This week at my house we performed the biannual washing of the dog. Our dog Luna has a sort of self-cleaning mechanism—not just the licking, but also fast bacterial janitorial work, or something like that. Her fur is short and sparse. Only very slowly, or hardly at all, does she become sour-smelling as the season progresses. She does have a certain doggy love of goose droppings. She rolls in them, and she seems very pleased with herself afterwards, knowing that she can show off this distinctive perfume to the neighbor dogs. But we scrub the goose poop off with dry shampoo, and that does the job. Still, by the time November rolls around, Luna has accumulated enough dirt to warrant bathing.
As we start the bath and water roars into the tub, the drama begins. It’s a tragedy, according to Luna. Her life seems to be coming to an end. Because she knows our intentions, she sinks to the floor and spreads out, making herself heavy and hard to lift. All dogs, I suppose, are natural physicists. They understand inertia and resistance, leverage and momentum. The process of getting her into the bathroom, which is my job, must look like a man struggling against an oversized robotic spider. Luna weighs 50 pounds, and she seems now to have eight or ten legs.
Luna is what a dog trainer would call “soft.” She’s sensitive to commands and corrections. She wants to obey. She strives to prove to us that she’s a good dog, that she understands what we want. Her terror on bath day wipes away all the training, but as I struggle to move her, I see that she isn’t angry. Instead she expresses a sentiment more like, “Why me, Lord?” Getting her into the bath is a two-step process of positioning her front end on the rim of the tub and then shoving and lifting from behind until she gives up and leaps into the water.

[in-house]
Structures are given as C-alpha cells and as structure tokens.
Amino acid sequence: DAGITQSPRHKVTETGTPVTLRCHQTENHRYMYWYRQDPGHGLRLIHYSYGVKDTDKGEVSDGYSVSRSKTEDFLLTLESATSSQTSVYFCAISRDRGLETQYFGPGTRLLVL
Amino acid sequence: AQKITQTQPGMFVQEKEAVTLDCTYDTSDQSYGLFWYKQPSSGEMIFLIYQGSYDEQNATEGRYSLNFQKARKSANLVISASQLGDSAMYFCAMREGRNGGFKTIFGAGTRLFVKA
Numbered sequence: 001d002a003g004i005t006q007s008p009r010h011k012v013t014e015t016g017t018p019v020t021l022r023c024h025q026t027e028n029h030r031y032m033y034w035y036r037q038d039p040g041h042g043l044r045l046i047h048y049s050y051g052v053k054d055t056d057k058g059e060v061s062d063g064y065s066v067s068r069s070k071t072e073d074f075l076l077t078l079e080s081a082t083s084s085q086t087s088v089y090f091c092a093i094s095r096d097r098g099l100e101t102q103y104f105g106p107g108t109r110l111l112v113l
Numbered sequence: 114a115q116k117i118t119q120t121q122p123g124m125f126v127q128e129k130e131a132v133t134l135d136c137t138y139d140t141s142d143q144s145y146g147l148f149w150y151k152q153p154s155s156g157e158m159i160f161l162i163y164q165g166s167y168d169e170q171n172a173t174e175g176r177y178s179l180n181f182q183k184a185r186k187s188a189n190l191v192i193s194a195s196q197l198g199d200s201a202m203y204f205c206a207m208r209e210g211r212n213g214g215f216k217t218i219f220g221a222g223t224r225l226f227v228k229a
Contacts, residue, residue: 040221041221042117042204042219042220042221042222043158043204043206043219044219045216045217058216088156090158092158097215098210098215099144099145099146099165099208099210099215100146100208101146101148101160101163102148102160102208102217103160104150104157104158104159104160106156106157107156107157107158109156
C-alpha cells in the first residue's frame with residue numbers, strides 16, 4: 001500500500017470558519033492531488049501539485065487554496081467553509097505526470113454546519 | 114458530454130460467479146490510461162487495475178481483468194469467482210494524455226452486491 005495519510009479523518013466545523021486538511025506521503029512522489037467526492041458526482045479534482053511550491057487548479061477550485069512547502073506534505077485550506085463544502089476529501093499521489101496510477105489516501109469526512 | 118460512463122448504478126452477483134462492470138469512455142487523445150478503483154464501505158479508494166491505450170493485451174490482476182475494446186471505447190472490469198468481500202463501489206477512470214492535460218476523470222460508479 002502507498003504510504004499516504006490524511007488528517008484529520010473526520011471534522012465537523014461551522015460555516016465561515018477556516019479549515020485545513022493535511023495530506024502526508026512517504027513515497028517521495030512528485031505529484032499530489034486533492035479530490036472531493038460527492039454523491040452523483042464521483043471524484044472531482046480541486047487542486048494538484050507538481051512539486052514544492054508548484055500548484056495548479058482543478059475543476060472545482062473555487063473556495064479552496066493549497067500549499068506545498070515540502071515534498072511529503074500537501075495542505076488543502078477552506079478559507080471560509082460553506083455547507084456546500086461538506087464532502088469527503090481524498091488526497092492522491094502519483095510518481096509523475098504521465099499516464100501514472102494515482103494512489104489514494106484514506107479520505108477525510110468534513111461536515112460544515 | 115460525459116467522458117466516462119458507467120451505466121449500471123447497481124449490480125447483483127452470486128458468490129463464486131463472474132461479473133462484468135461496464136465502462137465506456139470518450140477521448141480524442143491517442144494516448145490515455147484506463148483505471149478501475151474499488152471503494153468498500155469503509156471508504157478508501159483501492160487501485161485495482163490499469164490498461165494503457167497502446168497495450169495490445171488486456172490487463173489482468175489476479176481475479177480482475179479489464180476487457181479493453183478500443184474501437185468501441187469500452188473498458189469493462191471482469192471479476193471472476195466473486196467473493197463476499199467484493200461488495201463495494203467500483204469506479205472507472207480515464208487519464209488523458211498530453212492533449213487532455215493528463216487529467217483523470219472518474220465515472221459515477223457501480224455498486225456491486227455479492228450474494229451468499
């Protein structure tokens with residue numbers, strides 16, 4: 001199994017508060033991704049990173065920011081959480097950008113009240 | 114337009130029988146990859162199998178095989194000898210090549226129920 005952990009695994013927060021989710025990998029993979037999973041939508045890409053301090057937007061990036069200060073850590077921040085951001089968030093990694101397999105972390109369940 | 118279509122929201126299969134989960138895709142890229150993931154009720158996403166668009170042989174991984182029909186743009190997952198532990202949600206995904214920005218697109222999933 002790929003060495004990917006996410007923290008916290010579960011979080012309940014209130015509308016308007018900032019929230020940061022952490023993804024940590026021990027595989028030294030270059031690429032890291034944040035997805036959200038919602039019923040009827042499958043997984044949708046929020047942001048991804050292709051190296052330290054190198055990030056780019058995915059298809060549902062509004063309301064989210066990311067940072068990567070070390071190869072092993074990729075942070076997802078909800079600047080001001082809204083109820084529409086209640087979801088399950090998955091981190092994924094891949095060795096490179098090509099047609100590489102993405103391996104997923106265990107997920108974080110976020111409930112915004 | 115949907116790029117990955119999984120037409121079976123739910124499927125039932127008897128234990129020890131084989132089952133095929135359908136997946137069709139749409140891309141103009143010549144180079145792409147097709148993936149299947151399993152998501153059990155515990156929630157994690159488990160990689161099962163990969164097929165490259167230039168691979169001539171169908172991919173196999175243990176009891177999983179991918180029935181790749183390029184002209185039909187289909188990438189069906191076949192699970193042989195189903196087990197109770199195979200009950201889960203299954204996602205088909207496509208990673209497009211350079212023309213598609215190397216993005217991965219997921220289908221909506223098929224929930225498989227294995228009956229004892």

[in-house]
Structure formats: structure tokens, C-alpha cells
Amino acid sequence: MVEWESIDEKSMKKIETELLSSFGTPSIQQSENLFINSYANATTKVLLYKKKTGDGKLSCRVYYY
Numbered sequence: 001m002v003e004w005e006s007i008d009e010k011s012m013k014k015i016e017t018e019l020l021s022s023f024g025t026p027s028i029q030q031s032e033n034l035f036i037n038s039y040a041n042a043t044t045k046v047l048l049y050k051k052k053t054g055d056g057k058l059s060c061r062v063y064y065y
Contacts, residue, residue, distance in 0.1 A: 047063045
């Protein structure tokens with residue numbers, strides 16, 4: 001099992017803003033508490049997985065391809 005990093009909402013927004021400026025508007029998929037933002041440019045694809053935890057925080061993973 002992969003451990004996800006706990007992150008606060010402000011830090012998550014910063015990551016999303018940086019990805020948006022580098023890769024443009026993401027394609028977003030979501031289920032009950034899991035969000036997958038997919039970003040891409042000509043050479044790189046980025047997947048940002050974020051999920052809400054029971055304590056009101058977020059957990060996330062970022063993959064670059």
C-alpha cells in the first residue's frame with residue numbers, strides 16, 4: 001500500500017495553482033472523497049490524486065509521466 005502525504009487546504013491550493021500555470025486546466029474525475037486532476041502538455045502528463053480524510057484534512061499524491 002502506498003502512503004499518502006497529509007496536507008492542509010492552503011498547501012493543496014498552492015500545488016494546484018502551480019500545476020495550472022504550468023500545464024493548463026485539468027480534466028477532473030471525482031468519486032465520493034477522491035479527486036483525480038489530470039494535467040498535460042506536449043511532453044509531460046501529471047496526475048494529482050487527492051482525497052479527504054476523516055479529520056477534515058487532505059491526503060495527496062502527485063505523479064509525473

The bathtub is one part of the human world that will always be a scary mystery to her, like brooms and vacuums. No matter how hot the water is, Luna shivers at first. Once the shivering passes, she becomes the perfect image of resignation or humiliation—it’s hard to tell which. The bath lasts long enough that it must seem eternal to her. My wife and I attack from both sides with Burt’s Bees Shampoo for Dogs, followed by pitchers full of warm water. I’ve had dogs before who were fun to wash because their long fur could be shaped into pompadours and other laughable forms. With Luna, the water flattens her white fur, making it translucent, so that you can see her skin with its usually-hidden dark spots.
Finally there comes release and redemption. After a thorough toweling down (during which she manages more than once to spray us with water by shaking herself in that loud flappy way that dogs have of drying themselves), we open the door for her, and she immediately races around the house like a nut—or like a soul entering the gates of paradise, born again to the doggy life, which is a good life, with unpredictable human companions and reassuring neighborhood dog-friends and intriguing smells everywhere, each one telling a story that only a dog can understand. And maybe such a life is worth the trials and tribulations of bath-time.
Music: "Atomic Dog" by George Clinton